It usually takes me a few days to plough through the Sunday papers, so it wasn't until I was on the bus this morning that I came across Isobel Oakeshott's
big interview with William Hague in this weekend's Sunday Times.
Hague is quoted as saying he would never, ever wish to lead the Tory Party again, saying that his period in charge gave him the "self knowledge" to realise someone else could do it better.
“I’ve got that all out of my system. Totally,” he says. “I’m glad I was the leader but I’m glad I stopped. I’d had enough. I thought someone else would turn out to be more effective than me and that’s very much the case. I’m a fan of DC and I enjoy working with him, and I’ve only come back to help him win the next election. I don’t ever want to be leader again myself. I could happily write books instead. I enjoy that at least as much as politics.”
“No sane human being who’s done it before would want to do it again. You have to have self-knowledge, in any job. I came to the conclusion that someone else should be doing it.”
There is something that rings true about this. In my dealings with Hague, notably when he was at the Welsh Office and I was on the South Wales Echo, I generally found him to be very straight. And that is not a sexual pun, by the way.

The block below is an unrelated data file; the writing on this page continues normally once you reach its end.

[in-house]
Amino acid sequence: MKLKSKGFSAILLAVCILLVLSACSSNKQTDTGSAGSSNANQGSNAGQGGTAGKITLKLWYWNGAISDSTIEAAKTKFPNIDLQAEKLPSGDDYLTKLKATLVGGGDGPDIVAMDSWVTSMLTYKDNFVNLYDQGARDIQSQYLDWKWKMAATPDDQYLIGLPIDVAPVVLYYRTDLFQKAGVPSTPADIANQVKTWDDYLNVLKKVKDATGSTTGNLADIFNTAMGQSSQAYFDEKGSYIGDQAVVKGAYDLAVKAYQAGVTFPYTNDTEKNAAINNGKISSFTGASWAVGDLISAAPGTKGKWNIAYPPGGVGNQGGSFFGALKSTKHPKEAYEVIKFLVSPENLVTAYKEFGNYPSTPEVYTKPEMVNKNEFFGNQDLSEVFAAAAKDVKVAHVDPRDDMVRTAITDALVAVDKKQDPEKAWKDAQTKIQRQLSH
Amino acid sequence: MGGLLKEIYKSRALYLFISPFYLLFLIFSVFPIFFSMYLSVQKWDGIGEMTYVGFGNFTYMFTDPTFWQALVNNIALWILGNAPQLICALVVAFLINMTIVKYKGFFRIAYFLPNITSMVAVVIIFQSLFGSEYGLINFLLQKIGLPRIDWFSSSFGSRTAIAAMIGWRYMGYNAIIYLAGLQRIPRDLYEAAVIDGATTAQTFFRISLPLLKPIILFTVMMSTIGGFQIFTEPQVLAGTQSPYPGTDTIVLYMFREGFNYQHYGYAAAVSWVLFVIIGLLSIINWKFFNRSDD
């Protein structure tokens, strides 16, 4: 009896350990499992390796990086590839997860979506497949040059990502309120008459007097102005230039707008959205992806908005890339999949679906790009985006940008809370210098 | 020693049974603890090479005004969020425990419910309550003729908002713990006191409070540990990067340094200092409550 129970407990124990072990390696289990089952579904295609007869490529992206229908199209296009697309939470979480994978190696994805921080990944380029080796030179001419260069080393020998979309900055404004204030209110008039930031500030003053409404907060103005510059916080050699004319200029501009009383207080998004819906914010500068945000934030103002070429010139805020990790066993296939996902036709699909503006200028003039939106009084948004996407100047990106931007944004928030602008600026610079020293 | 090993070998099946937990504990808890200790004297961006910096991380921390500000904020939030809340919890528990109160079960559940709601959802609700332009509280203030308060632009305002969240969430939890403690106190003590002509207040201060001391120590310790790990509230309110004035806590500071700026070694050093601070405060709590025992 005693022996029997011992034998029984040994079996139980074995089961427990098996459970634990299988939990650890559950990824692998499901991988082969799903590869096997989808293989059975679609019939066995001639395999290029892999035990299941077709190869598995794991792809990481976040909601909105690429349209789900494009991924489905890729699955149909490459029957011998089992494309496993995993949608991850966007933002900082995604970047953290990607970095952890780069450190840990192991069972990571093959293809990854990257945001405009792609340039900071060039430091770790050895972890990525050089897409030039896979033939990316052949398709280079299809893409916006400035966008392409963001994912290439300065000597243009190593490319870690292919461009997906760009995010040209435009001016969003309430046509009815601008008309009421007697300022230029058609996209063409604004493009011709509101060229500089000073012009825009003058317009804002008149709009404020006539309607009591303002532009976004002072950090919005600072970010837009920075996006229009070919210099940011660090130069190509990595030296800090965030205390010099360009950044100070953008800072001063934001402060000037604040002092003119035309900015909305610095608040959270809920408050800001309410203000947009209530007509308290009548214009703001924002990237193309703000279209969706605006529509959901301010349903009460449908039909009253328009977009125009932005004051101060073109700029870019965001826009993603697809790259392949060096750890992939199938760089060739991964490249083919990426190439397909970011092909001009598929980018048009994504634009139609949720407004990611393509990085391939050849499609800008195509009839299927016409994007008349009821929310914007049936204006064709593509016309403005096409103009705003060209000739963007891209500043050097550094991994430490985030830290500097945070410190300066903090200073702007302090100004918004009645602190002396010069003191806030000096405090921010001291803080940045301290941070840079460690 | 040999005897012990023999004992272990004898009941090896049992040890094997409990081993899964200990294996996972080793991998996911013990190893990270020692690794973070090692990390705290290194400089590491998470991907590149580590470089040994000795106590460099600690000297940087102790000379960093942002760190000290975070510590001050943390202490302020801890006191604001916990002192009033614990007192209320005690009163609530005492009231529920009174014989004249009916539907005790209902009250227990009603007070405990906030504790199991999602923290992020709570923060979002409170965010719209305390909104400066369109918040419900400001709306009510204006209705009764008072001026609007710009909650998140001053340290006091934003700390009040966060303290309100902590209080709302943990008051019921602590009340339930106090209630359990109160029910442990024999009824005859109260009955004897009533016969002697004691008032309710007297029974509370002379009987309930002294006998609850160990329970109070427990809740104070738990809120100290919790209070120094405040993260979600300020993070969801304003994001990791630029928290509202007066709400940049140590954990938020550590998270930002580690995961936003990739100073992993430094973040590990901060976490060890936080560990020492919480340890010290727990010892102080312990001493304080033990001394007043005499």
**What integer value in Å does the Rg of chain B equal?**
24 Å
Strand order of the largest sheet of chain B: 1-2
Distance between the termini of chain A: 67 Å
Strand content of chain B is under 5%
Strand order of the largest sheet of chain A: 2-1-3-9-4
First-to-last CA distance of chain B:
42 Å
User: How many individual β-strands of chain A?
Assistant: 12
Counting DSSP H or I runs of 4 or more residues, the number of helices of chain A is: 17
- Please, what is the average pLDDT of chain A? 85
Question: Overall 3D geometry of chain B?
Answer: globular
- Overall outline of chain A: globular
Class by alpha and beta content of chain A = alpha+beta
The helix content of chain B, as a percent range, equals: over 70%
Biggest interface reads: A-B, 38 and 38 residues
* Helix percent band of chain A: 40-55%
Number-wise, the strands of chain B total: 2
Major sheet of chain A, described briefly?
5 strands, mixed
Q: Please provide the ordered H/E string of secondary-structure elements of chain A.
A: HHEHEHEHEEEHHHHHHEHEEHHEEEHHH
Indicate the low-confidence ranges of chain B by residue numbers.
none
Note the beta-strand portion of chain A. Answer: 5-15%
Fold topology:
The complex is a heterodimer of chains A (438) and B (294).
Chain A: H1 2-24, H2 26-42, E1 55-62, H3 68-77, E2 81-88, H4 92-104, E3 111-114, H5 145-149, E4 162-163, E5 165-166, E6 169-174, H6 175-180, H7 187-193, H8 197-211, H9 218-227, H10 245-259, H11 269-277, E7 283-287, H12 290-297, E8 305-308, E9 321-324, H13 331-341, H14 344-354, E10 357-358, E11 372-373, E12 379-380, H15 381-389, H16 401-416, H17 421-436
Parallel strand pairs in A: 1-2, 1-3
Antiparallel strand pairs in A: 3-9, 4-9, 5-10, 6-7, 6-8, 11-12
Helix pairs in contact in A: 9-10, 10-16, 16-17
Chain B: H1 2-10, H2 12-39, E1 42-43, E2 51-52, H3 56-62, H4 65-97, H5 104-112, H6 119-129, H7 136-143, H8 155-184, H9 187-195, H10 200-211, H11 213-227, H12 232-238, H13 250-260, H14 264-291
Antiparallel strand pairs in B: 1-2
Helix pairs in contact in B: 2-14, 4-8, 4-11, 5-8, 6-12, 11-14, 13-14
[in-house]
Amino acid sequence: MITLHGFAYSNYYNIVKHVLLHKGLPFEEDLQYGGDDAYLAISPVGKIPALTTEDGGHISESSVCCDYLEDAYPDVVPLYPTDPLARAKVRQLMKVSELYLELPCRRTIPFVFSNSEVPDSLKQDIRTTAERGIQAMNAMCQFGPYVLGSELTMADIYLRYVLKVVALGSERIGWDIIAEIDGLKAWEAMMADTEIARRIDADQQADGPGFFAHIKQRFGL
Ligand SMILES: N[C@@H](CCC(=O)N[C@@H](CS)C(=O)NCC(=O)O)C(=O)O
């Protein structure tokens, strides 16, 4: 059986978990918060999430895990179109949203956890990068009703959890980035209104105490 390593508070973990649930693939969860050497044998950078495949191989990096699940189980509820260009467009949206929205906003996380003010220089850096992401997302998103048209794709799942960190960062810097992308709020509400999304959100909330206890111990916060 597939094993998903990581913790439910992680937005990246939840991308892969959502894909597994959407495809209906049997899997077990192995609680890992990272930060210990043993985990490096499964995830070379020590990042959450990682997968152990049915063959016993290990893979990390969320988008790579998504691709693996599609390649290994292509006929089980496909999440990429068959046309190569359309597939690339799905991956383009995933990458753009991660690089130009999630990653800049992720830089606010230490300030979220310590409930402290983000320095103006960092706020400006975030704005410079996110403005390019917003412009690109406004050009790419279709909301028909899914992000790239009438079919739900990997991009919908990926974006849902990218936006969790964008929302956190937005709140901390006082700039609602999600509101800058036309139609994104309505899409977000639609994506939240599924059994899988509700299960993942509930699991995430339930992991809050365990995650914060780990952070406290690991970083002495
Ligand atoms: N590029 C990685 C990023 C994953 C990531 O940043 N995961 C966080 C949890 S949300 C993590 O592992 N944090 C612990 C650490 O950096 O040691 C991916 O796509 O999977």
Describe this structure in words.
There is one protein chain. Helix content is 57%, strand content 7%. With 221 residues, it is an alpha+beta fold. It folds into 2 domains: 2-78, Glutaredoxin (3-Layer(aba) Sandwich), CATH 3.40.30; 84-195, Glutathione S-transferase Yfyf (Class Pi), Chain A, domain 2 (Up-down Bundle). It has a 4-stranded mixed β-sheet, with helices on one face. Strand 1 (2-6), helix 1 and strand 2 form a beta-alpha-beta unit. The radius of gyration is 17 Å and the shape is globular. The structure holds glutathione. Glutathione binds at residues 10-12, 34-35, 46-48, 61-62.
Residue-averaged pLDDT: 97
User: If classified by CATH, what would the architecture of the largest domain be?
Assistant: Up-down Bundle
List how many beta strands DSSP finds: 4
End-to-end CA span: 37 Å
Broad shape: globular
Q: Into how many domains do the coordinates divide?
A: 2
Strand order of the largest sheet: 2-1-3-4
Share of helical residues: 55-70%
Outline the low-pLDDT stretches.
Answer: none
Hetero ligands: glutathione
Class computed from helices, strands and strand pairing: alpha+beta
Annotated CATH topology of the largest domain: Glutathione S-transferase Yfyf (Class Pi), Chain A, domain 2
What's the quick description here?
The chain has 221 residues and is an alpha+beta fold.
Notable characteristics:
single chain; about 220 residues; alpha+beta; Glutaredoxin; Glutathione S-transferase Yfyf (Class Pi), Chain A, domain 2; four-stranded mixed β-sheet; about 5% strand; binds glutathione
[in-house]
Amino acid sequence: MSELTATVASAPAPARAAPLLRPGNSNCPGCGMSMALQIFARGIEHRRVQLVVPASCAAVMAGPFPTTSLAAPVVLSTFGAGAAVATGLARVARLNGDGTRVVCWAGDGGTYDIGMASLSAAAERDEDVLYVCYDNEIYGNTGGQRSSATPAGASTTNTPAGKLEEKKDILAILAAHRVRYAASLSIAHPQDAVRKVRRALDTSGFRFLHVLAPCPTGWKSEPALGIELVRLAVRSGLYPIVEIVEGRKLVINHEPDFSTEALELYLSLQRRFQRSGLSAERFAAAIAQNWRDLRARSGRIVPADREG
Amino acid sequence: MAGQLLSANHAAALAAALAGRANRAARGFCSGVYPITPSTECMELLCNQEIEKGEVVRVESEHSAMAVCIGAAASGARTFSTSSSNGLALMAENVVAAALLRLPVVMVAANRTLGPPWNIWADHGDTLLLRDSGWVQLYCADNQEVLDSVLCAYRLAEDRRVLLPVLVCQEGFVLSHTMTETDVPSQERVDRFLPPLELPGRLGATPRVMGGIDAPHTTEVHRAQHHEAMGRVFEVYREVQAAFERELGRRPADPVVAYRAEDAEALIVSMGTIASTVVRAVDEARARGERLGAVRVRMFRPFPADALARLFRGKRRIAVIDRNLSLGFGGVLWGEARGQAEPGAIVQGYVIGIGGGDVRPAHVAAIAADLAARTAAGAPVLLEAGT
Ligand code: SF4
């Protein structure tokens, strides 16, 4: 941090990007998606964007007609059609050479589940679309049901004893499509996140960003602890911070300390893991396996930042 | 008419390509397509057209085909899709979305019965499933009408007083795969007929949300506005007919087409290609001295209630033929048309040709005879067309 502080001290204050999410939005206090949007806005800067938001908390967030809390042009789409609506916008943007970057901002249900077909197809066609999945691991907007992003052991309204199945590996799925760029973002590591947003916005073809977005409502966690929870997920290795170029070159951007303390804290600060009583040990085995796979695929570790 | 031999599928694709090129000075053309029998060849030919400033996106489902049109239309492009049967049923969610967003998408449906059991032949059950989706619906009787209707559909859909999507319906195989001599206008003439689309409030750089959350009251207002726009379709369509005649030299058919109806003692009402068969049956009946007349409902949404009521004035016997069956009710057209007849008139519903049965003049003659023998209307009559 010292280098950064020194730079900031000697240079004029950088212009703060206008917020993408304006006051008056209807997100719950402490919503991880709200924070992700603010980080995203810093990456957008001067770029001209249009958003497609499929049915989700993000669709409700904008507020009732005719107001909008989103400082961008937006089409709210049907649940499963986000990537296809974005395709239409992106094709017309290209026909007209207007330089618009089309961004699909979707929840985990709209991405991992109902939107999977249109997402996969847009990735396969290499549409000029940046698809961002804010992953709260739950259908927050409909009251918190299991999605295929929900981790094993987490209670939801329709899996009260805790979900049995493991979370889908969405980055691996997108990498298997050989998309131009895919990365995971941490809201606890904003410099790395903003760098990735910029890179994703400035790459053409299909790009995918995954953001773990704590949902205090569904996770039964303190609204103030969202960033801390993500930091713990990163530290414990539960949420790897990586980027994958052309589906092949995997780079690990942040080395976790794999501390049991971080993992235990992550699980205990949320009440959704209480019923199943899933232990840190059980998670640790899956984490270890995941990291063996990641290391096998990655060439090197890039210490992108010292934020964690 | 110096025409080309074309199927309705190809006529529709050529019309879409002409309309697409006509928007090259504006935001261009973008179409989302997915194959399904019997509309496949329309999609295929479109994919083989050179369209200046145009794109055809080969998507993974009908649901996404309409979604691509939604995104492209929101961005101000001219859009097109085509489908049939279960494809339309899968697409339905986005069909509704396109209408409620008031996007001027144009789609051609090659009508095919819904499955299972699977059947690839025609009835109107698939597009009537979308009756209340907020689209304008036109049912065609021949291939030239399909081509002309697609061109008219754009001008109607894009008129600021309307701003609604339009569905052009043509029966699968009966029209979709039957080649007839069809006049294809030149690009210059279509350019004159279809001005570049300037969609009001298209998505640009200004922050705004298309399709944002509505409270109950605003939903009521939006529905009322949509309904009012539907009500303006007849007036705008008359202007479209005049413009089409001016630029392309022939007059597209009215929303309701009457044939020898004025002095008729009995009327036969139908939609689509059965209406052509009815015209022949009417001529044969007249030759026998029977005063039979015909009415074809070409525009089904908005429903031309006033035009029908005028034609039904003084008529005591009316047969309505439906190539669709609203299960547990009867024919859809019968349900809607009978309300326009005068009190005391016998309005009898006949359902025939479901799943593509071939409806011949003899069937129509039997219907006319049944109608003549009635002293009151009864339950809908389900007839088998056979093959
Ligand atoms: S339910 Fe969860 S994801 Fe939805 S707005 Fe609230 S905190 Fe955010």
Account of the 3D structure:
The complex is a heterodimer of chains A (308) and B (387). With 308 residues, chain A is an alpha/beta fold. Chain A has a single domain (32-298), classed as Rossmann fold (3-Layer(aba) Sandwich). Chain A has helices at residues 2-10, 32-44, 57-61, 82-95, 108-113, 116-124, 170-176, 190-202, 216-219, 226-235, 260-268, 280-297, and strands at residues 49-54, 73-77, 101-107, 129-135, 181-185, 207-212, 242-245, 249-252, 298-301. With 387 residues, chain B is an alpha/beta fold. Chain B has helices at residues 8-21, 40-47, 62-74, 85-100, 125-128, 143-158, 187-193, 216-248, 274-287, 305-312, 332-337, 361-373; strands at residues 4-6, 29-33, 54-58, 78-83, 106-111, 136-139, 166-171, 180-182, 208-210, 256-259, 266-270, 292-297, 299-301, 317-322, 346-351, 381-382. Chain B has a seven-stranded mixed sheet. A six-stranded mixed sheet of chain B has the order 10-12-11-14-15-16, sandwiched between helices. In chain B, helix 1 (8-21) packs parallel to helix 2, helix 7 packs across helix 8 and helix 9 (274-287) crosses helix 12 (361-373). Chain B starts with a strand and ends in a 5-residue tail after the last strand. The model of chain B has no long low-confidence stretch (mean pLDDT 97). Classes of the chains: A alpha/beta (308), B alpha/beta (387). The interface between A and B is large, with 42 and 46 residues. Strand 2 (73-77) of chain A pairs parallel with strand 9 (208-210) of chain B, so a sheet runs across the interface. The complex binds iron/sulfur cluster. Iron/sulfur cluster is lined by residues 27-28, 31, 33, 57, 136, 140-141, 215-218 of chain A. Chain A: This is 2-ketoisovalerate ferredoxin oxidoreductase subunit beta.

Nevertheless, I think there's a difference between actively seeking high office, and not refusing it when it's handed to you on a plate. Or as the old saying puts it: "Some are born great, some achieve greatness, and some have greatness thrust upon them."
The Tories would never again entrust Hague with the task of returning them to power. But I can foresee a situation where, once in power, they might turn to him, as Foreign Secretary and the nearest thing they have to an elder statesman, to hold things together in some future, currently unforeseen crisis.
Would he say no in those circumstances? I doubt it. He is a politician after all.